From Job Coach to Chief of Staff, Joy Reiss Found Family in KenCrest

joy-reiss

Fresh out of college and in need of a job, Joy Reiss found a home in KenCrest and continues to emphasis our mission.

By Sydney Kerelo


23-years-ago, Joy Reiss joined the KenCrest family. Fresh out of college and needing a job, she accepted the position of Job Coach, not knowing KenCrest would become an essential staple in her life.

“My background is in psychology and occupational therapy,” says Reiss. “I started as a job coach and fell in love with KenCrest. I’ve always had the most supportive supervisors. I always feel like KenCrest is about development and growth, not just for the employees but those we serve, and that resonates with me.”

Growing up, Reiss witnessed the wrong side of the human services industry as her family worked for companies that lacked inclusivity. So, when she started at KenCrest, she was pleasantly surprised to find that their mission aligned with her own.

“I know what segregation is and how it affects individuals we serve and the downside of those types of services. It made me see the value of inclusion and the good work KenCrest is doing, and that’s always been my guiding principle,” says Reiss. “It made me realize everybody’s talents—no matter who you are or what you do—matter. And every little thing someone contributes is for the greater good of our community.”

One area of inclusivity Reiss strongly supports was the development of the day programs—now Meaningful Day—before they were closed due to COVID-19. Reiss regularly visited and connected with the people we helped when opening the site.

“I love my job and being able to influence where KenCrest is going. But when I think about memories that make me smile, what comes to mind is the time I worked directly with the people we support,” says Reiss. “I did a lot of work developing the programs for Meaningful Day and working with people to become a part of their community.”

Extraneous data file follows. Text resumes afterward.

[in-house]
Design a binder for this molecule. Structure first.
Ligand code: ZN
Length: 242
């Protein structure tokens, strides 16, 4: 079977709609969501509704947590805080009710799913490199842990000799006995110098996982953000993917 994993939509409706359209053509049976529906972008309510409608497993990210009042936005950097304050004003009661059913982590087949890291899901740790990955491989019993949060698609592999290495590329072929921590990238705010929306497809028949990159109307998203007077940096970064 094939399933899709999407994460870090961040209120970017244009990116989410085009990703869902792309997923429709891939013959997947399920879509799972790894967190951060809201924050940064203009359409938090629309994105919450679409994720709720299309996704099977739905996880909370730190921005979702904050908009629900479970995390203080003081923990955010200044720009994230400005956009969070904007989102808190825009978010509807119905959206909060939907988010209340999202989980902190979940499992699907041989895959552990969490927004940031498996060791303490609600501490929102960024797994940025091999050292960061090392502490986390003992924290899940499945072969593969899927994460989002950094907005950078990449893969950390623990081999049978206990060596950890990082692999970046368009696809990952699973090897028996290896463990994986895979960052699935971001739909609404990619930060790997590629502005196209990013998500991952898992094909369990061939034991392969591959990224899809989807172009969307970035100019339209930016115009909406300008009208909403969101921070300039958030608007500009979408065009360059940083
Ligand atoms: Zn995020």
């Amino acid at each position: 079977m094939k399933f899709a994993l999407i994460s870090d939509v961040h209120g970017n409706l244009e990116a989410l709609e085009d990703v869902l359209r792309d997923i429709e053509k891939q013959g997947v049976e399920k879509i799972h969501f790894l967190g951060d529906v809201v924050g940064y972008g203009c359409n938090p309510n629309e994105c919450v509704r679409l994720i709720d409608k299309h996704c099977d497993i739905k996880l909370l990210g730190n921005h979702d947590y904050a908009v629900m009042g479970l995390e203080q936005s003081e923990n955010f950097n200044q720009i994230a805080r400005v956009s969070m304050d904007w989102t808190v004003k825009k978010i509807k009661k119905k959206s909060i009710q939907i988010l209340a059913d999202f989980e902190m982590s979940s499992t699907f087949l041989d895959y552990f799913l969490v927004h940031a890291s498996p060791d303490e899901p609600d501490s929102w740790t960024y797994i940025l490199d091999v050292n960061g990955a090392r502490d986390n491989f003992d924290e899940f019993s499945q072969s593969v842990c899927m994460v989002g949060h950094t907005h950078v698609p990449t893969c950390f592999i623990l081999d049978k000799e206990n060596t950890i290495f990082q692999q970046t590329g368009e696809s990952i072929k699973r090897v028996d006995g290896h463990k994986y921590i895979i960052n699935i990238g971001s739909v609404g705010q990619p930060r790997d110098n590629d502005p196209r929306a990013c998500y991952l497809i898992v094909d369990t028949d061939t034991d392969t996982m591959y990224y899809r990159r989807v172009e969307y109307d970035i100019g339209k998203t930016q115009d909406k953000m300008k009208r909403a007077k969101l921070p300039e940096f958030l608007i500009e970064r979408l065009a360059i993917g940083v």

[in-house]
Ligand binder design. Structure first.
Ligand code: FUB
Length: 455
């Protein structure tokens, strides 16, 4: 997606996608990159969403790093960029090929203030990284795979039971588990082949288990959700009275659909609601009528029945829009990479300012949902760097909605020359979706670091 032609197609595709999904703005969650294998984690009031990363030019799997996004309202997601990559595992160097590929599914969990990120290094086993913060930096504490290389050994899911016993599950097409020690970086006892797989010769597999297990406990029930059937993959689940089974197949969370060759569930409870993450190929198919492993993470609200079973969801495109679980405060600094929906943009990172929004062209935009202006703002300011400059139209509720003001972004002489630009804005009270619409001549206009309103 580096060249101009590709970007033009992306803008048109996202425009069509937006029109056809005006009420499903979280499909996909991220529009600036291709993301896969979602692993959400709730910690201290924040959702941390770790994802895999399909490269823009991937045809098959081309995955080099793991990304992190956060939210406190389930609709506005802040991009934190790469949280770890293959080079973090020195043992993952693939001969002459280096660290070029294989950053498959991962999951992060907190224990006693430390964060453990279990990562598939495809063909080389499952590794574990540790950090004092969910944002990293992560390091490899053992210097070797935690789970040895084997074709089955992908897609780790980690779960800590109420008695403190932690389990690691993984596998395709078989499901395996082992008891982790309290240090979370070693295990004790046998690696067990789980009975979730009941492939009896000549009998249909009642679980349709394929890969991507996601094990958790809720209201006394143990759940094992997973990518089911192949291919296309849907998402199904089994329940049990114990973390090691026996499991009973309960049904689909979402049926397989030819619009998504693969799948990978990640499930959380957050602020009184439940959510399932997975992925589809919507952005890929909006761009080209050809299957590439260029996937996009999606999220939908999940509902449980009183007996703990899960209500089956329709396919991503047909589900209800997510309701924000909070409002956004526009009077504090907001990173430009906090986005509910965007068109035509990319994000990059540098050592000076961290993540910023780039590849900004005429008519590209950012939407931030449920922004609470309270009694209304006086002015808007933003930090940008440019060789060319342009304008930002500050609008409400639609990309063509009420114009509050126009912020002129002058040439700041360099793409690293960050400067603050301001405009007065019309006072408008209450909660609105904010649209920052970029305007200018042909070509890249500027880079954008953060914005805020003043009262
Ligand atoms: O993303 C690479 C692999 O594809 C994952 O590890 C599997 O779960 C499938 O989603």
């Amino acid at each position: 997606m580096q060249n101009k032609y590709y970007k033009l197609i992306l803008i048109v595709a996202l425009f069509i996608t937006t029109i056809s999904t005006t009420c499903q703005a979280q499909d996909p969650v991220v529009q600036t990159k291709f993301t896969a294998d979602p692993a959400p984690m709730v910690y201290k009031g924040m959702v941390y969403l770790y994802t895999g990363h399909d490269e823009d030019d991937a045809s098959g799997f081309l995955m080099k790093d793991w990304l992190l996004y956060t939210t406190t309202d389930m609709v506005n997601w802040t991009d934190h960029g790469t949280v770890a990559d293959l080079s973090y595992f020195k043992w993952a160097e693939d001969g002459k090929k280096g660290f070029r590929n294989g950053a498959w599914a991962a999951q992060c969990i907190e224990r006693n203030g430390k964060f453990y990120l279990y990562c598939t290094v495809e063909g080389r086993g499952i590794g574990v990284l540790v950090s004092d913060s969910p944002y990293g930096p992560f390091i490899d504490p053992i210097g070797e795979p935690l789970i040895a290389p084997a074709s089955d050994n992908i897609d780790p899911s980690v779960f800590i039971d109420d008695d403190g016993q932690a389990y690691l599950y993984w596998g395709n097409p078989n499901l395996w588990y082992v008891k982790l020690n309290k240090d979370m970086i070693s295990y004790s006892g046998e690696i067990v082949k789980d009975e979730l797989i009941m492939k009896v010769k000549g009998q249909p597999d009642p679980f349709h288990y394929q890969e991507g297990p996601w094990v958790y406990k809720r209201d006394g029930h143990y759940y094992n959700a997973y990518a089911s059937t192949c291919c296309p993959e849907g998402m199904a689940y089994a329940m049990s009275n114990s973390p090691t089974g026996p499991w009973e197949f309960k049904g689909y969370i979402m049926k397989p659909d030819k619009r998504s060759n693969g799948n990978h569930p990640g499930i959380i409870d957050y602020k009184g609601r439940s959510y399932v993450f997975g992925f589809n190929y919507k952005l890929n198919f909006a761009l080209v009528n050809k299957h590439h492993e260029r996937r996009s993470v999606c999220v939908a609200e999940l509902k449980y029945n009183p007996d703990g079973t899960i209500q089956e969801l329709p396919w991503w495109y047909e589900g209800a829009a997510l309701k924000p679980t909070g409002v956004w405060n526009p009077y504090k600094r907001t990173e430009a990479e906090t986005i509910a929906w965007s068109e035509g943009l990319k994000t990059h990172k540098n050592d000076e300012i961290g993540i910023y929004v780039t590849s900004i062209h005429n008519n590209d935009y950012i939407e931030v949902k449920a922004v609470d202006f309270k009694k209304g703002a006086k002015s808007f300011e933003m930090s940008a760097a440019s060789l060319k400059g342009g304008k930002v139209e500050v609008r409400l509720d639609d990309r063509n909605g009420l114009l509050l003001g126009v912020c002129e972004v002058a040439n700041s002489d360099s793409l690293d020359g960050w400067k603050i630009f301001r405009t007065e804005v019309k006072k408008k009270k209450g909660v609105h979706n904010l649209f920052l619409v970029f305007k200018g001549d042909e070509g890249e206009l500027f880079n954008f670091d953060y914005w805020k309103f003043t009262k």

To this day, Reiss still meets with those she met at the day programs for lunch and to chat. They’ve had as much of an impact on her own life as she has on theirs.

While she was still working as a Job Coach in the Meaningful Day program, one person she supported used sign language to communicate. Reiss would sit with him and spend a little time going through books and magazines daily.

“He would point to things and show me the sign for it, and that’s how I learned sign language,” says Reiss. “We would go out to a restaurant together, and he would show me the food item he wanted, and I would be his translator and help him order.”

Reiss remembers about 50 words of ASL to this day and continued her practice when her youngest son was born. When he was little, he had a speech delay and received services from Birth to Five Early Intervention programs. He received home-based services where the therapist would come to Reiss’s home or even her mother-in-law or families’ homes to hold sessions with him.


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“The KenCrest speech therapist realized why he had a speech delay,” says Reiss. “The first thing we did when he got into the program was to give him a way to communicate, which was sign language, and she noticed a few subtle things when he was signing. She told me to get his hearing tested. We did, and we discovered he had some minor hearing loss because he had fluid in his ears.”

Reiss’s son was born with fluid in his ears but never developed ear infections. So, there was no physical sign indicating he had an issue until early intervention.

Now, at eight years old, he is on his fifth set of ear tubes and was recently discharged from speech therapy in the spring.

Unlike many agencies that are just a place of employment, KenCrest has become an extended family for many employees like Joy Reiss.